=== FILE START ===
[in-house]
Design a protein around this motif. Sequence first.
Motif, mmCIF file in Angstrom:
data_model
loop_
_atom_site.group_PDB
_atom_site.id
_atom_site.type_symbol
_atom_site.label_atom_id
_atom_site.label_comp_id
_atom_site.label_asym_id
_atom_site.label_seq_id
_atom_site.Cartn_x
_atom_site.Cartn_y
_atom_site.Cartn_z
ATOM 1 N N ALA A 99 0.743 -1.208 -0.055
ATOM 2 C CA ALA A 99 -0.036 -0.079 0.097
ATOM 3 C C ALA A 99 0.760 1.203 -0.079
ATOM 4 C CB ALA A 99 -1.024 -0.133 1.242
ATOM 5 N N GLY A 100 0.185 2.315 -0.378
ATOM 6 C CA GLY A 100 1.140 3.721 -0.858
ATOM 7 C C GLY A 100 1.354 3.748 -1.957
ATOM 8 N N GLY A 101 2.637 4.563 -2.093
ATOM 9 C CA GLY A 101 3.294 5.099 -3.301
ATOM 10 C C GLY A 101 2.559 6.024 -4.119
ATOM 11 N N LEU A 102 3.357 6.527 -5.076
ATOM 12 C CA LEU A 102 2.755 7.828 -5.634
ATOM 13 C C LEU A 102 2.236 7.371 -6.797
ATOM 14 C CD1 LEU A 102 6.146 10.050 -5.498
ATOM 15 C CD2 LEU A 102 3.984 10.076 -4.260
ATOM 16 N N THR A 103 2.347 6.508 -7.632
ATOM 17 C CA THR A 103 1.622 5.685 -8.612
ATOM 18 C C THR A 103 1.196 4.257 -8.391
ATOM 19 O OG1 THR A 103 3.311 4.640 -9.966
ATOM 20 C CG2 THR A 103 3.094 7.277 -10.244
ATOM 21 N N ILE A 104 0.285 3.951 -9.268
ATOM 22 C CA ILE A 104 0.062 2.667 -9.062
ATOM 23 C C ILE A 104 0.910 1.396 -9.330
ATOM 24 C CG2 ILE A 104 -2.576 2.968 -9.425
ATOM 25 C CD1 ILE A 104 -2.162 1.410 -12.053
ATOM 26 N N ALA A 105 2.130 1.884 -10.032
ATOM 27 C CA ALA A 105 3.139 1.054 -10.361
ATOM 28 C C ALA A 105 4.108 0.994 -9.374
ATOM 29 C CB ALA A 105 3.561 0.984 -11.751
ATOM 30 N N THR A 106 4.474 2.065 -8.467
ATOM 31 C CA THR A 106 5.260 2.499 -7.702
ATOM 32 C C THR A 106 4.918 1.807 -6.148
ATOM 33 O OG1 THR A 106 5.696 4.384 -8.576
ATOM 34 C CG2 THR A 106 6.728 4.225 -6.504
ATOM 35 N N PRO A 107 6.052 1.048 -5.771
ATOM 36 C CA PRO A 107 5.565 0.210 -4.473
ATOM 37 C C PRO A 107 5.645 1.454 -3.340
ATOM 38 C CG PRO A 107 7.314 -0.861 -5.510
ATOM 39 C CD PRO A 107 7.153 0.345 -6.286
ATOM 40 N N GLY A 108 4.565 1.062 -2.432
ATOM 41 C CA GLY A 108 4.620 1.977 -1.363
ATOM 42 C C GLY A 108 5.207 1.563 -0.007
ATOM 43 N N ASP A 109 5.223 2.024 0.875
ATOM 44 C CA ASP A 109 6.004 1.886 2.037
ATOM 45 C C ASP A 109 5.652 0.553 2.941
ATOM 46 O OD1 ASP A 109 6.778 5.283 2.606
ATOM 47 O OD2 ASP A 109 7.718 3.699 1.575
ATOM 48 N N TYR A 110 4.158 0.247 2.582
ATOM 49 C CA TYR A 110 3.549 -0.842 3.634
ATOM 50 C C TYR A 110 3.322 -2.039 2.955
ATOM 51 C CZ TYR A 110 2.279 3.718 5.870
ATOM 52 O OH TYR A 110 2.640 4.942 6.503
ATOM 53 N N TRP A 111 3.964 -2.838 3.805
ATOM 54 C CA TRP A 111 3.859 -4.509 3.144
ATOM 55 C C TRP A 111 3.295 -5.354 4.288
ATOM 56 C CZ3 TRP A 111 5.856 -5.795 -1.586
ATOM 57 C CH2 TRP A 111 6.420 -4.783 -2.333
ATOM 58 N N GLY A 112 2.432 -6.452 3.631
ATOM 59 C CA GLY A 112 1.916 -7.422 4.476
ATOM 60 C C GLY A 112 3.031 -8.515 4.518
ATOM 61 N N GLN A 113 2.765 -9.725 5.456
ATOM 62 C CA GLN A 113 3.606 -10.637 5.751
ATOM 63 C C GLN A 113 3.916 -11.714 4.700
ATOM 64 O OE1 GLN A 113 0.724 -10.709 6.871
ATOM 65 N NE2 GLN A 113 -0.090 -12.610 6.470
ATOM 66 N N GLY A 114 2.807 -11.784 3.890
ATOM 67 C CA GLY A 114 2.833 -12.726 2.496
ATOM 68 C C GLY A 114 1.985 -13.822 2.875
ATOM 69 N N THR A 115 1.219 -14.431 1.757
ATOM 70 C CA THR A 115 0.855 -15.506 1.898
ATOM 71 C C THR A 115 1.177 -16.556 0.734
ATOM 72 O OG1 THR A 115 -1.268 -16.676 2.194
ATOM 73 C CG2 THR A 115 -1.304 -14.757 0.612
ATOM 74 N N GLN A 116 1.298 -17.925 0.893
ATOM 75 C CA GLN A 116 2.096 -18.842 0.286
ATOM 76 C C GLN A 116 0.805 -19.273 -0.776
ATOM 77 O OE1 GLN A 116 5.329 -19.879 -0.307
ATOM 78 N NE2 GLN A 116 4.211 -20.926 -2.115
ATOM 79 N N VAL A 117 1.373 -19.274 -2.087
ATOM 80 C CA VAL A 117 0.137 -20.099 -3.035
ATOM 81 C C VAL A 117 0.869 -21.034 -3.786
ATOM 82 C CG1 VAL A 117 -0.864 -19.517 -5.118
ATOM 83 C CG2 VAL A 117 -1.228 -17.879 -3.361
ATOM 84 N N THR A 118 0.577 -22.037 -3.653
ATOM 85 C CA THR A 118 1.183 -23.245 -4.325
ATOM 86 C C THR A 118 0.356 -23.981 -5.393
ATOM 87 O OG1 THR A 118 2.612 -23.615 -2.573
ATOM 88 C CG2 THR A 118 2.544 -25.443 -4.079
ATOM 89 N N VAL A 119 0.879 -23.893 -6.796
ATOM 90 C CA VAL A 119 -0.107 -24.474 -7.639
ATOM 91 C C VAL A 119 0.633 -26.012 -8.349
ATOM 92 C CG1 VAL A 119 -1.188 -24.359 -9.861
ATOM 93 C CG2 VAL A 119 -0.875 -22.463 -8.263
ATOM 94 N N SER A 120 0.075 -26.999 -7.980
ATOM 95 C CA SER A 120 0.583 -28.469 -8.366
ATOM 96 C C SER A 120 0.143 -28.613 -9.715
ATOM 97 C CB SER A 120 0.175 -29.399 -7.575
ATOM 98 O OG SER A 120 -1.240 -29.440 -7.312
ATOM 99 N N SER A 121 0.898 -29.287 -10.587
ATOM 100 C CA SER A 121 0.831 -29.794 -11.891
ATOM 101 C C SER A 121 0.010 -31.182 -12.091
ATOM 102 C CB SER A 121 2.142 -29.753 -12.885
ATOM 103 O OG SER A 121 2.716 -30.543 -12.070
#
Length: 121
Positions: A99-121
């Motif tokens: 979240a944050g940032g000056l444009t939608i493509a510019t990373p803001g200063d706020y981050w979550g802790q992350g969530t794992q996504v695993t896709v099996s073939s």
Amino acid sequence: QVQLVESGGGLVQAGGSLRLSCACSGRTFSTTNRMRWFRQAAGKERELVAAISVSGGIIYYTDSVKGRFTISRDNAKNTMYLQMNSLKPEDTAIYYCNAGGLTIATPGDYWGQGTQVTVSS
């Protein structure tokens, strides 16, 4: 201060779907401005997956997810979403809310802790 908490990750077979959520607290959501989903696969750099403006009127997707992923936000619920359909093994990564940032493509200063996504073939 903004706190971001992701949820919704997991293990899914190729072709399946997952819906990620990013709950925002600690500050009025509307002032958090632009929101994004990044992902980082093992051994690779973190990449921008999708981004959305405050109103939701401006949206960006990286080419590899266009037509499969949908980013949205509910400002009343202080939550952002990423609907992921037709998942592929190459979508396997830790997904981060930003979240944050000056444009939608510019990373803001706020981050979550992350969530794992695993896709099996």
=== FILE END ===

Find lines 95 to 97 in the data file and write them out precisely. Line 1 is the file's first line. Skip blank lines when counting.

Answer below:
ATOM 80 C CA VAL A 117 0.137 -20.099 -3.035
ATOM 81 C C VAL A 117 0.869 -21.034 -3.786
ATOM 82 C CG1 VAL A 117 -0.864 -19.517 -5.118